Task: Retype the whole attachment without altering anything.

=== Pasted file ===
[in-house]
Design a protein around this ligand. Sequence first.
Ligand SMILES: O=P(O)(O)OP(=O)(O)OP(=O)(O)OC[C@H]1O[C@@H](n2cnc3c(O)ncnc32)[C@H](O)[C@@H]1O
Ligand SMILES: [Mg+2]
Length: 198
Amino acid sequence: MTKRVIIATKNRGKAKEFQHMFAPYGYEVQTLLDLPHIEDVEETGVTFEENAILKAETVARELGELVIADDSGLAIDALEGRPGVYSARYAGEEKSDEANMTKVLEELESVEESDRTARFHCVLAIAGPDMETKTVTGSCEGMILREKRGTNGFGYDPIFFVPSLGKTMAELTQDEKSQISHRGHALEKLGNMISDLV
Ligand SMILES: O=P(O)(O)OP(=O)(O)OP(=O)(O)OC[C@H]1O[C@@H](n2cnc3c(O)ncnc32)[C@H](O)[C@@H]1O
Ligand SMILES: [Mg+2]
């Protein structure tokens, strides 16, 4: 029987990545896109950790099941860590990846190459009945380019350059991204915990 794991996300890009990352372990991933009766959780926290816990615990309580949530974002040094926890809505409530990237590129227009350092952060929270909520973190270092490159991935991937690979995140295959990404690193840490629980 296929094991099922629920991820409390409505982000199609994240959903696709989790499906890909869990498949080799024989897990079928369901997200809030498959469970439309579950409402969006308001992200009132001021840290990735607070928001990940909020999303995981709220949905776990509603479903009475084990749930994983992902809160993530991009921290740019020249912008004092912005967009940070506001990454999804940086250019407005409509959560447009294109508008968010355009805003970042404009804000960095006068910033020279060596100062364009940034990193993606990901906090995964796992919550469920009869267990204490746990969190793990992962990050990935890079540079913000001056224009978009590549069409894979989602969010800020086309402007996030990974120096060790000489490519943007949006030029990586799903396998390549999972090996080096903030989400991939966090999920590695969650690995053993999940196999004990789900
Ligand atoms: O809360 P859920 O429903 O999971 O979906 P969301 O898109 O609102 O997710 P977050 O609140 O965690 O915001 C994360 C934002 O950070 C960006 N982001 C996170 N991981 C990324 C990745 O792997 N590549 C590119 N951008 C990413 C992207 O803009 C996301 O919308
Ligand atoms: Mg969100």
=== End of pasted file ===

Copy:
[in-house]
Design a protein around this ligand. Sequence first.
Ligand SMILES: O=P(O)(O)OP(=O)(O)OP(=O)(O)OC[C@H]1O[C@@H](n2cnc3c(O)ncnc32)[C@H](O)[C@@H]1O
Ligand SMILES: [Mg+2]
Length: 198
Amino acid sequence: MTKRVIIATKNRGKAKEFQHMFAPYGYEVQTLLDLPHIEDVEETGVTFEENAILKAETVARELGELVIADDSGLAIDALEGRPGVYSARYAGEEKSDEANMTKVLEELESVEESDRTARFHCVLAIAGPDMETKTVTGSCEGMILREKRGTNGFGYDPIFFVPSLGKTMAELTQDEKSQISHRGHALEKLGNMISDLV
Ligand SMILES: O=P(O)(O)OP(=O)(O)OP(=O)(O)OC[C@H]1O[C@@H](n2cnc3c(O)ncnc32)[C@H](O)[C@@H]1O
Ligand SMILES: [Mg+2]
């Protein structure tokens, strides 16, 4: 029987990545896109950790099941860590990846190459009945380019350059991204915990 794991996300890009990352372990991933009766959780926290816990615990309580949530974002040094926890809505409530990237590129227009350092952060929270909520973190270092490159991935991937690979995140295959990404690193840490629980 296929094991099922629920991820409390409505982000199609994240959903696709989790499906890909869990498949080799024989897990079928369901997200809030498959469970439309579950409402969006308001992200009132001021840290990735607070928001990940909020999303995981709220949905776990509603479903009475084990749930994983992902809160993530991009921290740019020249912008004092912005967009940070506001990454999804940086250019407005409509959560447009294109508008968010355009805003970042404009804000960095006068910033020279060596100062364009940034990193993606990901906090995964796992919550469920009869267990204490746990969190793990992962990050990935890079540079913000001056224009978009590549069409894979989602969010800020086309402007996030990974120096060790000489490519943007949006030029990586799903396998390549999972090996080096903030989400991939966090999920590695969650690995053993999940196999004990789900
Ligand atoms: O809360 P859920 O429903 O999971 O979906 P969301 O898109 O609102 O997710 P977050 O609140 O965690 O915001 C994360 C934002 O950070 C960006 N982001 C996170 N991981 C990324 C990745 O792997 N590549 C590119 N951008 C990413 C992207 O803009 C996301 O919308
Ligand atoms: Mg969100």